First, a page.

Leveraging multi-omics approaches to study determinants of lineage plasticity in cancer 

Under chronic stress or therapeutic pressure, cells undergo epigenetic reprogramming away from defined lineage states towards more primitive states with enhanced pluripotent potential. Identifying mechanisms that drive this lineage plasticity is vital in understanding how tumors develop and evade therapeutic response. 

Using omics scale data to investigate and quantify plasticity 

Integrative analysis (RNA-seq, ATAC-seq) of preclinical models and publicly available bulk and single-cell human tumor data has revealed roles of MUC1 in driving stemness and intracellular interferon signaling in various tumor types, including castration-resistant prostate cancer (Figure 1) and non-small cell lung cancer.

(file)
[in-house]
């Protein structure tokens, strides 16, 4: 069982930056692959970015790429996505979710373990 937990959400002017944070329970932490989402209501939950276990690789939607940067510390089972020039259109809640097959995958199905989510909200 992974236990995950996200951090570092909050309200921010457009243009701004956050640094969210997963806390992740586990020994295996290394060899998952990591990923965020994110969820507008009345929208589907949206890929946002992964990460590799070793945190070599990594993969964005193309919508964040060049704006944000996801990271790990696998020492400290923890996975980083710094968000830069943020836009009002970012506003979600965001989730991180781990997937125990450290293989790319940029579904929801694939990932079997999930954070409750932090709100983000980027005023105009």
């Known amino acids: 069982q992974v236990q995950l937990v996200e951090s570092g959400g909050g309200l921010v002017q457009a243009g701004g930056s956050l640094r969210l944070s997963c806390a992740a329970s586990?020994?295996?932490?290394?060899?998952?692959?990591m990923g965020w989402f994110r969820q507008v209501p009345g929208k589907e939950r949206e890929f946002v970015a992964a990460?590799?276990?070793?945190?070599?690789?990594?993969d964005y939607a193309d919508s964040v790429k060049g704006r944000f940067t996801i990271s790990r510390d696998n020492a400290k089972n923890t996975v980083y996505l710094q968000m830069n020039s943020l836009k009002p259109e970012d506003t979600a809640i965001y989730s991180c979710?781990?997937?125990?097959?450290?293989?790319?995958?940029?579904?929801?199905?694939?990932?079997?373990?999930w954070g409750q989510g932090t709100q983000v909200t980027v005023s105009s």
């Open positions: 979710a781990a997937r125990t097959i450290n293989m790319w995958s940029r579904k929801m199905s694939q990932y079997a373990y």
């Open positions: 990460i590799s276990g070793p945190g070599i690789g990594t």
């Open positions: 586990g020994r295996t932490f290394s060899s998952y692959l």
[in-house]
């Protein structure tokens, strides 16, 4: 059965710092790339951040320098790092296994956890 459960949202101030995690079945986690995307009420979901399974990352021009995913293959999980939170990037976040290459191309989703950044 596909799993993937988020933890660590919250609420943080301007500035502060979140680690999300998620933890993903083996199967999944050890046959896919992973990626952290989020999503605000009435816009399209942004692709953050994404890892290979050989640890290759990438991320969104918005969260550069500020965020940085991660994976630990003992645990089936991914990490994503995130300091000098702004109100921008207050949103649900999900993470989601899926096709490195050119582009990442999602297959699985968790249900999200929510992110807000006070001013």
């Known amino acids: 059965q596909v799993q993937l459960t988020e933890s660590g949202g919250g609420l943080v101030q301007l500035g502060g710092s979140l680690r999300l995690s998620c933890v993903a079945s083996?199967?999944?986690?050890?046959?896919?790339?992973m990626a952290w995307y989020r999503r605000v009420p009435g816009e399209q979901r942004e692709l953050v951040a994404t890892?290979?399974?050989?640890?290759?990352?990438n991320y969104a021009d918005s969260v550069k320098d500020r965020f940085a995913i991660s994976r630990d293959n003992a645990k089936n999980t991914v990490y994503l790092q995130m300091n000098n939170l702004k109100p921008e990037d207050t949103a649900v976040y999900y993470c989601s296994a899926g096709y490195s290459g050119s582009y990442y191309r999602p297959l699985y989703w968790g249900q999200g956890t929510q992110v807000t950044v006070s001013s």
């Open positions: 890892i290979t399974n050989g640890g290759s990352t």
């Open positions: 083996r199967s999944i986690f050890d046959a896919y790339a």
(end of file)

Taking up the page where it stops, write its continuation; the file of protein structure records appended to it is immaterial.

Figure from a scientific research study
Figure 1: In collaboration with Donald Kufe (DF/HCC), we have identified MUC1 as a driver of stemness and intratumoral interferon signaling in multiple cancer types, including castration-resistant prostate cancer. Hagiwara M, et. al., Oncoimmunology, 2022. Click for larger image

Experimental and computational analysis determined a role of NCOR2 in suppressing response to androgen deprivation therapy in prostate cancer models. Integrative multi-omics revealed interactions of NCOR2 with pioneering transcription factors that had important roles in governing global transcription, DNA methylation and super-enhancer function. 

Further, we leveraged whole-genome bisulfite sequencing to identify regions of dynamic methylation in the normal prostate epithelial differentiation program, which we subsequently revealed were aberrantly methylated in prostate cancer. 

Connect with the Long Lab 

Email: Mark.Long@RoswellPark.org  
Phone: 716-845-2541 

Department of Biostatistics and Bioinformatics 
Roswell Park Comprehensive Cancer Center 
Elm and Carlton Streets 
Buffalo, NY 14263